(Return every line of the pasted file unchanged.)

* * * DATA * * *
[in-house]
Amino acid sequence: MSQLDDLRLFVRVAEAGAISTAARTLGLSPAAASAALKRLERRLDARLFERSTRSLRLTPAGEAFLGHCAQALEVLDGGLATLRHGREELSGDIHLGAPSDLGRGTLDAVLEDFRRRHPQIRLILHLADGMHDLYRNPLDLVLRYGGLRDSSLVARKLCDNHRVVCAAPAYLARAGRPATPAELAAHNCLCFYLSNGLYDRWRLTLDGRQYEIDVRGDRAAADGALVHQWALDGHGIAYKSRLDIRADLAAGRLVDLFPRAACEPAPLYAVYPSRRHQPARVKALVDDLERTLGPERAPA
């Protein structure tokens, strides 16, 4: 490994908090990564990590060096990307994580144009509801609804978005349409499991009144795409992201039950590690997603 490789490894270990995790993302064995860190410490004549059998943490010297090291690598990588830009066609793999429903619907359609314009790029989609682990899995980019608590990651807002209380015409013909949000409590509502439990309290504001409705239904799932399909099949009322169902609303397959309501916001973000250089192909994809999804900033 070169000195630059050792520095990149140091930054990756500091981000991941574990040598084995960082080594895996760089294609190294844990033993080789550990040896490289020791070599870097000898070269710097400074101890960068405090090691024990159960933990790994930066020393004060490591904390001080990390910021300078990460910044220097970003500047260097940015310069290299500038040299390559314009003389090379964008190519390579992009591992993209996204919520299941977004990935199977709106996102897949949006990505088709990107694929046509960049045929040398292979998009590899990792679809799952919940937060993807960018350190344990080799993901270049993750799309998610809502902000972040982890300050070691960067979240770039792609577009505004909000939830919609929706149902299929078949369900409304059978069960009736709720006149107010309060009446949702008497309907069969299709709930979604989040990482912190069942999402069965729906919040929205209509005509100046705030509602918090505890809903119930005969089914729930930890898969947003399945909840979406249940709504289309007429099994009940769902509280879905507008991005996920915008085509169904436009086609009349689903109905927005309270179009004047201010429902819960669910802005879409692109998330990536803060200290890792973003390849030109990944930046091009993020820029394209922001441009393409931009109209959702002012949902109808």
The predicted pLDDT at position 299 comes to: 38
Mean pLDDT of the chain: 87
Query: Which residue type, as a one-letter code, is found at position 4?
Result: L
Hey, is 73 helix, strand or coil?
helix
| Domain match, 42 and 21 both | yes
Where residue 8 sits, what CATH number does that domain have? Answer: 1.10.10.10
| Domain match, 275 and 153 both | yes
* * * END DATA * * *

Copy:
[in-house]
Amino acid sequence: MSQLDDLRLFVRVAEAGAISTAARTLGLSPAAASAALKRLERRLDARLFERSTRSLRLTPAGEAFLGHCAQALEVLDGGLATLRHGREELSGDIHLGAPSDLGRGTLDAVLEDFRRRHPQIRLILHLADGMHDLYRNPLDLVLRYGGLRDSSLVARKLCDNHRVVCAAPAYLARAGRPATPAELAAHNCLCFYLSNGLYDRWRLTLDGRQYEIDVRGDRAAADGALVHQWALDGHGIAYKSRLDIRADLAAGRLVDLFPRAACEPAPLYAVYPSRRHQPARVKALVDDLERTLGPERAPA
């Protein structure tokens, strides 16, 4: 490994908090990564990590060096990307994580144009509801609804978005349409499991009144795409992201039950590690997603 490789490894270990995790993302064995860190410490004549059998943490010297090291690598990588830009066609793999429903619907359609314009790029989609682990899995980019608590990651807002209380015409013909949000409590509502439990309290504001409705239904799932399909099949009322169902609303397959309501916001973000250089192909994809999804900033 070169000195630059050792520095990149140091930054990756500091981000991941574990040598084995960082080594895996760089294609190294844990033993080789550990040896490289020791070599870097000898070269710097400074101890960068405090090691024990159960933990790994930066020393004060490591904390001080990390910021300078990460910044220097970003500047260097940015310069290299500038040299390559314009003389090379964008190519390579992009591992993209996204919520299941977004990935199977709106996102897949949006990505088709990107694929046509960049045929040398292979998009590899990792679809799952919940937060993807960018350190344990080799993901270049993750799309998610809502902000972040982890300050070691960067979240770039792609577009505004909000939830919609929706149902299929078949369900409304059978069960009736709720006149107010309060009446949702008497309907069969299709709930979604989040990482912190069942999402069965729906919040929205209509005509100046705030509602918090505890809903119930005969089914729930930890898969947003399945909840979406249940709504289309007429099994009940769902509280879905507008991005996920915008085509169904436009086609009349689903109905927005309270179009004047201010429902819960669910802005879409692109998330990536803060200290890792973003390849030109990944930046091009993020820029394209922001441009393409931009109209959702002012949902109808």
The predicted pLDDT at position 299 comes to: 38
Mean pLDDT of the chain: 87
Query: Which residue type, as a one-letter code, is found at position 4?
Result: L
Hey, is 73 helix, strand or coil?
helix
| Domain match, 42 and 21 both | yes
Where residue 8 sits, what CATH number does that domain have? Answer: 1.10.10.10
| Domain match, 275 and 153 both | yes